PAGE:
Finding Publicly Exposed Amazon S3 Buckets

July 19, 2017 #aws #devops #security #s3

You may have read recent news about millions of Verizon customers having their data exposed (see Experts Warn Too Often AWS S3 Buckets Are Misconfigured, Leak Data).

Possibly, people are confused about what the Authenticated Users group means. From Access Control List (ACL) Overview - Amazon Simple Storage Service:

Represented by
This group represents all AWS accounts. Access permission to this group allows any AWS account to access the resource. However, all requests must be signed (authenticated).

This doesn’t just mean IAM Users from their account, but any user from any AWS account.

How do we check this on our accounts?  There are a couple of options.

Use a Cloud Custodian S3 filter  with a policy.yml like:

- name: s3-global
  resource: s3
  description: Publicly Exposed S3 Buckets
    - type: global-grants

Then run the custodian tool and use jq to filter the output, I find a bucket (names changed to protect the innocent).

$ custodian run --output-dir=. policy.yml --region=us-west-2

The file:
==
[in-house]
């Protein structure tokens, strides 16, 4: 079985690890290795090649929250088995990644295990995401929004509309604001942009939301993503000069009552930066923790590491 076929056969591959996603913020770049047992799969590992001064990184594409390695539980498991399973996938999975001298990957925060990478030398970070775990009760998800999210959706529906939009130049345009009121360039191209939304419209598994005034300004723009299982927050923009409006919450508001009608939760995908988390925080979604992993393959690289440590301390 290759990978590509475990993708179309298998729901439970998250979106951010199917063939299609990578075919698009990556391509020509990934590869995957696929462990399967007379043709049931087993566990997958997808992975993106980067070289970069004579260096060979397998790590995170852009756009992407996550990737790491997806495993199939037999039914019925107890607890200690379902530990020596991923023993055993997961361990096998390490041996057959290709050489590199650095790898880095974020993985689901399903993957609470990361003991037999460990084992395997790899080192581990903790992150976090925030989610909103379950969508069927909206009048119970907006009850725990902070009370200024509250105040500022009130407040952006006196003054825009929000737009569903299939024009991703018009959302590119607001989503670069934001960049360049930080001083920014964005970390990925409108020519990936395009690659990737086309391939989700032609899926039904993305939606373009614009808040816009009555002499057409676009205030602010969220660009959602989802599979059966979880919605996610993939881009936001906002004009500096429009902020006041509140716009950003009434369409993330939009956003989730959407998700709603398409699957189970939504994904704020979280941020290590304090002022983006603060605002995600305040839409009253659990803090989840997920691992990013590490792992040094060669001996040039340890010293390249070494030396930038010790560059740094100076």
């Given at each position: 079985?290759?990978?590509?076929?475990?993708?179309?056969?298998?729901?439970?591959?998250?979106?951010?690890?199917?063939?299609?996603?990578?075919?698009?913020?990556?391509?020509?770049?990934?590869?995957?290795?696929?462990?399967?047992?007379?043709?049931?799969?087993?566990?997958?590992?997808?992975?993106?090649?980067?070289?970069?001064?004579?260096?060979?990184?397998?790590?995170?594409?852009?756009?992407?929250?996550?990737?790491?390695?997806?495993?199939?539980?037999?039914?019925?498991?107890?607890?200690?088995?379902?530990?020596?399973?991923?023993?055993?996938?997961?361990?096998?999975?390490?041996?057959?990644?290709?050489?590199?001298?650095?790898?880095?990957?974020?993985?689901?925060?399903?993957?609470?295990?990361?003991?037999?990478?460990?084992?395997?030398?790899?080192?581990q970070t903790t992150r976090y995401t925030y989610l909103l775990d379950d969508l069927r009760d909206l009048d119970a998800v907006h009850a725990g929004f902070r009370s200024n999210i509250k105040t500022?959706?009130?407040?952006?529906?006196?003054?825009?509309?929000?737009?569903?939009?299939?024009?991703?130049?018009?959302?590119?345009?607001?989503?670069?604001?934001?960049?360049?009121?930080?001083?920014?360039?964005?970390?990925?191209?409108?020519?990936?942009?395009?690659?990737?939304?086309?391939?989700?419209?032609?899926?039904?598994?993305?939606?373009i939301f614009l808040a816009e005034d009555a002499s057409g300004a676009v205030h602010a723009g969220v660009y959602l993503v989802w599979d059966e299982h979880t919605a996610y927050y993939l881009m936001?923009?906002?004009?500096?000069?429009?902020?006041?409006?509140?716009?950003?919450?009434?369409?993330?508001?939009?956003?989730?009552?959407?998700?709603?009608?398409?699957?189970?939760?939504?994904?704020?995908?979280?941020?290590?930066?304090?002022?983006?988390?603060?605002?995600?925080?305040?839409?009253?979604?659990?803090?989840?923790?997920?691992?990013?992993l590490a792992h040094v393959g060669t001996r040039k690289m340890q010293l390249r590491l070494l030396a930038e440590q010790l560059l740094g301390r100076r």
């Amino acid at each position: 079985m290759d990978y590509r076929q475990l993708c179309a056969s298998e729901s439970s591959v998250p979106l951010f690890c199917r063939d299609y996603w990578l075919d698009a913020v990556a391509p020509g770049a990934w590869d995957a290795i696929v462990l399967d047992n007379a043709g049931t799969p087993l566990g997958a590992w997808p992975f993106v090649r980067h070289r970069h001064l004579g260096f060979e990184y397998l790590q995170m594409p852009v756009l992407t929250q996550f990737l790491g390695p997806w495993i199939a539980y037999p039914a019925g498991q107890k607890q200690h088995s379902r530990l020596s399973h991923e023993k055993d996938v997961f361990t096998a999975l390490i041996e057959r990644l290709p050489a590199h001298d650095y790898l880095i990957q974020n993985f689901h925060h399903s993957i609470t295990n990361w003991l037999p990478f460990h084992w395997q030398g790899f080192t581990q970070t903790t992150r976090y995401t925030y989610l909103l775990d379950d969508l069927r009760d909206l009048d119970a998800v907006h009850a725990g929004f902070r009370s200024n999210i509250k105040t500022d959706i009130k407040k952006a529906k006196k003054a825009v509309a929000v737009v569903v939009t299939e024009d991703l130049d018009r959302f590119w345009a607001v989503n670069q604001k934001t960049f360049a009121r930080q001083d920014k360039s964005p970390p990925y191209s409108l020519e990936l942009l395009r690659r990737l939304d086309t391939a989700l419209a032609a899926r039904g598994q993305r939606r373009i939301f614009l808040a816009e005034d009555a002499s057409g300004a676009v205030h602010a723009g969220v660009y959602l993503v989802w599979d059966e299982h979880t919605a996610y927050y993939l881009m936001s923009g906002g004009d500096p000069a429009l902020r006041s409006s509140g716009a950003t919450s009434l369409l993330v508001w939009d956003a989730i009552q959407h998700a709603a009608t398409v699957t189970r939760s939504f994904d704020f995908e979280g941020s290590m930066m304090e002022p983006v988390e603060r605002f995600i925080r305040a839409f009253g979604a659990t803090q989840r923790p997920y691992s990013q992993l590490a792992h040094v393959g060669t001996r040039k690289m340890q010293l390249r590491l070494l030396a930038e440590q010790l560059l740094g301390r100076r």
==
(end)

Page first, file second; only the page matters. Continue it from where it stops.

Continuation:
$ jq '.[].Name' s3-global/resources.json

Amazon also has a utility called Trusted Advisor that can report on several items, including Amazon S3 Bucket Permissions.  That has both a Console UI and is callable via API or CLI (via describe-trusted-advisor-check-result):

$ aws support describe-trusted-advisor-check-result \
--check-id Pfx0RwqBli \
--query 'result.flaggedResources[*].metadata[2]'

However, that list has 2 items vs. the 1 which Cloud Custodian found using its global-grants filter.  It appears that Cloud Custodian is filtering out buckets set up for website hosting (see Hosting a Static Website on Amazon S3), which seems like a valid result.

S3 Static website hosting

Kevin Hakanson

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